I know. Terrible, isn’t it?
Funding levels for the IRS have dropped since 2010 and they are feeling the effects. Personnel is down; services are cut; workload is up.
This means that examinations, such as audits, are down. Many more of them are what is considered paper audits (through the mail). According to the Kiplinger Tax Letter, “Last year’s audit rate of 0.96% for individuals was the lowest since 2005.” Audits for 2014 should be in the 0.80% range, so even lower.
In addition, experience auditors are increasingly retiring and being replaced by more inexperienced examiners. So correspondence audits will continue to climb. They typically question just one or two items on the return; half of them deal with the earned income credit. These paper type audits account for almost 75% of all audits.
In addition, the IRS is behind on handling correspondence from taxpayers. It fails to respond timely to less than half of taxpayers who refute adjustment to returns. Their goal is to respond within 30-45 days. Currently they are taking months on many responses. Notices no longer promise response dates. Those that sent in support documentation for their positions are often still getting billed.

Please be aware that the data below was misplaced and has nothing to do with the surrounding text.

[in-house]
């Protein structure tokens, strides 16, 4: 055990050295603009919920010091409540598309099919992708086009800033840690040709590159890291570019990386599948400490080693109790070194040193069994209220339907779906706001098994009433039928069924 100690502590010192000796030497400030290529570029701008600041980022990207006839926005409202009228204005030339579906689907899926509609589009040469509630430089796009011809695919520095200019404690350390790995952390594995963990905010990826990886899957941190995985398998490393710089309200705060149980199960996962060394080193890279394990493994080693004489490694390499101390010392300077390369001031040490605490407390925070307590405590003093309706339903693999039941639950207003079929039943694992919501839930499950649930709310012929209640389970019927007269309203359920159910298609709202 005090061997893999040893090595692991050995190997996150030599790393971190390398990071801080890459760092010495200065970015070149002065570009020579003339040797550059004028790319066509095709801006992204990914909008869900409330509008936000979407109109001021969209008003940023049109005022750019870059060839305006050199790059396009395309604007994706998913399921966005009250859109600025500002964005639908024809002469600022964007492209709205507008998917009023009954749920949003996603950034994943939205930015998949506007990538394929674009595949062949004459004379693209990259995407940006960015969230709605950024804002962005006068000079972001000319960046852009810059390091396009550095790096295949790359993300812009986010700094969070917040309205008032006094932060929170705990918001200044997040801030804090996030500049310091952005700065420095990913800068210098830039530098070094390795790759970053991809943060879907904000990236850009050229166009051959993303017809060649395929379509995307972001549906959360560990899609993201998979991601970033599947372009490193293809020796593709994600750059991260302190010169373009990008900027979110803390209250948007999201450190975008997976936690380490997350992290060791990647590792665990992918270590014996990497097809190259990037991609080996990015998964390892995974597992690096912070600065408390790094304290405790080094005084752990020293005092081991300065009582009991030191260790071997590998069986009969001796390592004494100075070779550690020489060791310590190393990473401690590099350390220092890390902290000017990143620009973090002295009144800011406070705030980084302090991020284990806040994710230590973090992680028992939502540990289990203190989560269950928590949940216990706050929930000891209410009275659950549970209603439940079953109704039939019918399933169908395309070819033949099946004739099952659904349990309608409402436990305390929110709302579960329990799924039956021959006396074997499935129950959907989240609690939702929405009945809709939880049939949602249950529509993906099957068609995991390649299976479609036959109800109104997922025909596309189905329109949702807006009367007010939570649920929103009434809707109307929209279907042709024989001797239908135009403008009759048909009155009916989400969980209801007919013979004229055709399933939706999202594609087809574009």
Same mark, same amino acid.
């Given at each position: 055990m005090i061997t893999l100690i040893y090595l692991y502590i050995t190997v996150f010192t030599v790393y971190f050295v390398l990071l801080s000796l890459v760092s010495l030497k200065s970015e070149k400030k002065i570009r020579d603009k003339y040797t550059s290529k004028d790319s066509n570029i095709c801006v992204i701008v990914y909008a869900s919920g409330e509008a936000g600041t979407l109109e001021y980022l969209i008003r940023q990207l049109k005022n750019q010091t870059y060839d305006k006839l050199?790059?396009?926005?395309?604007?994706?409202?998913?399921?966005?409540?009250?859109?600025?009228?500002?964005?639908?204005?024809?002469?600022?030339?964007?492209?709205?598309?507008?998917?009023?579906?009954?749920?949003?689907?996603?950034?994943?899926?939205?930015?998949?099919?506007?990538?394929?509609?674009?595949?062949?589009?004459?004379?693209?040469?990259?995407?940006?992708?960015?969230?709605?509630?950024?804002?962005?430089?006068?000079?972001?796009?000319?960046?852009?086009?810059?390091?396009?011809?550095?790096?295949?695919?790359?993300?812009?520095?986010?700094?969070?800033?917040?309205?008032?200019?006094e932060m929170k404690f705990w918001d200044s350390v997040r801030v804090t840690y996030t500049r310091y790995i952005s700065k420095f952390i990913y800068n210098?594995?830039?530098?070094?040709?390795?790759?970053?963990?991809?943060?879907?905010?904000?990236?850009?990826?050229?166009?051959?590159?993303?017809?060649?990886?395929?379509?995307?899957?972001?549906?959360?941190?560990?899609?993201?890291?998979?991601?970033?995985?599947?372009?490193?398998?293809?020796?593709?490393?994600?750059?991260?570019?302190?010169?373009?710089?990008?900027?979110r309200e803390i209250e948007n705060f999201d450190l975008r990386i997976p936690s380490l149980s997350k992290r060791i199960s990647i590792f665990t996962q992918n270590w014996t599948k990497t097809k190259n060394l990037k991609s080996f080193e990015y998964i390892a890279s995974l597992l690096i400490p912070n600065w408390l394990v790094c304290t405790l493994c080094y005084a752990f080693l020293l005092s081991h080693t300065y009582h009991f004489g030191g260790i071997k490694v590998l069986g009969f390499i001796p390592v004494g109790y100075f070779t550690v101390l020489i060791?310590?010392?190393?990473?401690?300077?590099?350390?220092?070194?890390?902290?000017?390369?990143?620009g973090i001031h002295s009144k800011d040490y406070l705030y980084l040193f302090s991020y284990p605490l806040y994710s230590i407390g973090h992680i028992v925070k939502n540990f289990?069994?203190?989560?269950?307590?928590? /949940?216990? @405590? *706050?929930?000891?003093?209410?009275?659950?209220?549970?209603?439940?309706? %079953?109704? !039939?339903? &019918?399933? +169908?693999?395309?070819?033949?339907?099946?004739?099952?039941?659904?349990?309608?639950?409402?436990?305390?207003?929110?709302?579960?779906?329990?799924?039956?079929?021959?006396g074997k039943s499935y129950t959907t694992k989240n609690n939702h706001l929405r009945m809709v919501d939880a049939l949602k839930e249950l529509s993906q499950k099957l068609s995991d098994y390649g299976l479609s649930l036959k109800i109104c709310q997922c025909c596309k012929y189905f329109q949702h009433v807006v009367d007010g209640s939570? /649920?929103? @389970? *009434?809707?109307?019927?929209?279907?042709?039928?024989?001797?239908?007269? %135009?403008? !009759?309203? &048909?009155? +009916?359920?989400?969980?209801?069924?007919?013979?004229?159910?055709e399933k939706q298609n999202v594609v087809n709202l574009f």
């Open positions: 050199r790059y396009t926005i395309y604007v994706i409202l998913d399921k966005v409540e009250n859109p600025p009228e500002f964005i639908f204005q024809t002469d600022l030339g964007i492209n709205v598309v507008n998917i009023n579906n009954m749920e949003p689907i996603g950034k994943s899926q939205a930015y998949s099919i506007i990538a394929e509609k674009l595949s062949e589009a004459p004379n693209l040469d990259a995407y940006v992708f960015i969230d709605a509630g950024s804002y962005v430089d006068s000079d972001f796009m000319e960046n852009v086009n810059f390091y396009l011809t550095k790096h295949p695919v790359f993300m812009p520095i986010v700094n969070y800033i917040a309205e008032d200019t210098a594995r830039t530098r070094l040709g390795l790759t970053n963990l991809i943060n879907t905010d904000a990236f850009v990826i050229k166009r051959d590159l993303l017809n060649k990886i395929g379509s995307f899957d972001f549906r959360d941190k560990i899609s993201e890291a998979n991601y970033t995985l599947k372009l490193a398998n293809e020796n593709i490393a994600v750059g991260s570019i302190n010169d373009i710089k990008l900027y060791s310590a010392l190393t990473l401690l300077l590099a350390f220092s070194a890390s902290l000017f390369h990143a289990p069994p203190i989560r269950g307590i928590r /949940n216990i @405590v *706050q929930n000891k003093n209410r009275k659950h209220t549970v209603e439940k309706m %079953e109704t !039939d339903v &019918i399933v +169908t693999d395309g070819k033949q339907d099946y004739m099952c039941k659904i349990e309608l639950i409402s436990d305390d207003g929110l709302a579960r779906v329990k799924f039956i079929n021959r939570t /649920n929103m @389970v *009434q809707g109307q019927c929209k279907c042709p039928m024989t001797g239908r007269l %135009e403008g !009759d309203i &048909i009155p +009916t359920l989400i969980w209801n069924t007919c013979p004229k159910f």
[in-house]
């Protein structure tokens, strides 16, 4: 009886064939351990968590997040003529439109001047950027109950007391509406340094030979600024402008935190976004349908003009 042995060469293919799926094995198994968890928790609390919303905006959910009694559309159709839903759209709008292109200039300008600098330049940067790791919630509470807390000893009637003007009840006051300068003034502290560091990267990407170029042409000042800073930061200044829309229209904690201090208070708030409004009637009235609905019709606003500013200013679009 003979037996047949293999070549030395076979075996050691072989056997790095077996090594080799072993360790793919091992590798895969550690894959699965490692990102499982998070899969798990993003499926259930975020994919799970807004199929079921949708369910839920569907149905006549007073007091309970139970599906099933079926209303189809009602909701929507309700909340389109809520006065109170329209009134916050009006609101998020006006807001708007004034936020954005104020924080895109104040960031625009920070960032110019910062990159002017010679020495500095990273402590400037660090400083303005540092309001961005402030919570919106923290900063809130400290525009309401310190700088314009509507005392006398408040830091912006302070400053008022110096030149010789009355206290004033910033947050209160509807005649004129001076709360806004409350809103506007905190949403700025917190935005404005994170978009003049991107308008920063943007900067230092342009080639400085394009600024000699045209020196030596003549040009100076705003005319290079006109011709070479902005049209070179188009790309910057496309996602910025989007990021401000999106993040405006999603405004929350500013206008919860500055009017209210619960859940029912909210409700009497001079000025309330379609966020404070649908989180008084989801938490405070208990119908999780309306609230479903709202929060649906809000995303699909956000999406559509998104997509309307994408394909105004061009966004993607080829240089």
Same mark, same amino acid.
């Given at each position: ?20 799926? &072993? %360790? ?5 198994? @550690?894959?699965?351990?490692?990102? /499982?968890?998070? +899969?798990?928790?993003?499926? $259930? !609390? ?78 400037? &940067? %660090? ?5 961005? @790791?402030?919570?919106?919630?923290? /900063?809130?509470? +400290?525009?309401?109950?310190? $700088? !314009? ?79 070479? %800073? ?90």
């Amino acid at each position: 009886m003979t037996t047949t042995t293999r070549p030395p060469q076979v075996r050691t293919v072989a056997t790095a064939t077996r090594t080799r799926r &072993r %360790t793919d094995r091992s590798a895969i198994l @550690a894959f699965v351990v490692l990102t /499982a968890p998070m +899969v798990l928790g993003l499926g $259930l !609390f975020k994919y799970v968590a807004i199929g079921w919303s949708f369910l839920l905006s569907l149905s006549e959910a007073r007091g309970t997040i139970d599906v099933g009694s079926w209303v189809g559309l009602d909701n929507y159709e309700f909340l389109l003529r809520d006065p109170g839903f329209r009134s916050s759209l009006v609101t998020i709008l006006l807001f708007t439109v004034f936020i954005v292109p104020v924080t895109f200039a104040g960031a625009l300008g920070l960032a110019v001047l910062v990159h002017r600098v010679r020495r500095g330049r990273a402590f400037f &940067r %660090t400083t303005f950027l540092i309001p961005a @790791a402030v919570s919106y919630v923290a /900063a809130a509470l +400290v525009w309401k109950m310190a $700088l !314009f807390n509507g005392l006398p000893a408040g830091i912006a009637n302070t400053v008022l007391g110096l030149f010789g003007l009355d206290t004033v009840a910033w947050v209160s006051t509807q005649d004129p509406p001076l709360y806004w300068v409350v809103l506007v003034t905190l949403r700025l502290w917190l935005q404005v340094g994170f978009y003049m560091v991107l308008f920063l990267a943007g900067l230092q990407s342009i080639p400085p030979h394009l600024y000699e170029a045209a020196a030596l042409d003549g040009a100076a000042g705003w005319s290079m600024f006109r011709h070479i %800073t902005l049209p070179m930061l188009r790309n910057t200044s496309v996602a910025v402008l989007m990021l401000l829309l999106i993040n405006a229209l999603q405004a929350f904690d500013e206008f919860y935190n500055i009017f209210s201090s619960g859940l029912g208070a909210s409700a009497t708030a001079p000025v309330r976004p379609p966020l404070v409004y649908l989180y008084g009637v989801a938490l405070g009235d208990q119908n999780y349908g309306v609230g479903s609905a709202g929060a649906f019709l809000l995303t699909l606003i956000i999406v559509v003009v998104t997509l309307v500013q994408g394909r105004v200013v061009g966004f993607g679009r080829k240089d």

Because of cuts, funding has been cut for walk-in tax preparation service. So help won’t be available at IRS offices for taxpayers. There will also be two less electronic services for tax preparers: Disclosure Authorization and Account Resolution applications can no longer be filed online.
Bottom line: less help for individual taxpayers, less help for professional preparers, less income for the federal government because audits of the true tax cheats will be reduced. That’s a lose/lose for taxpayers.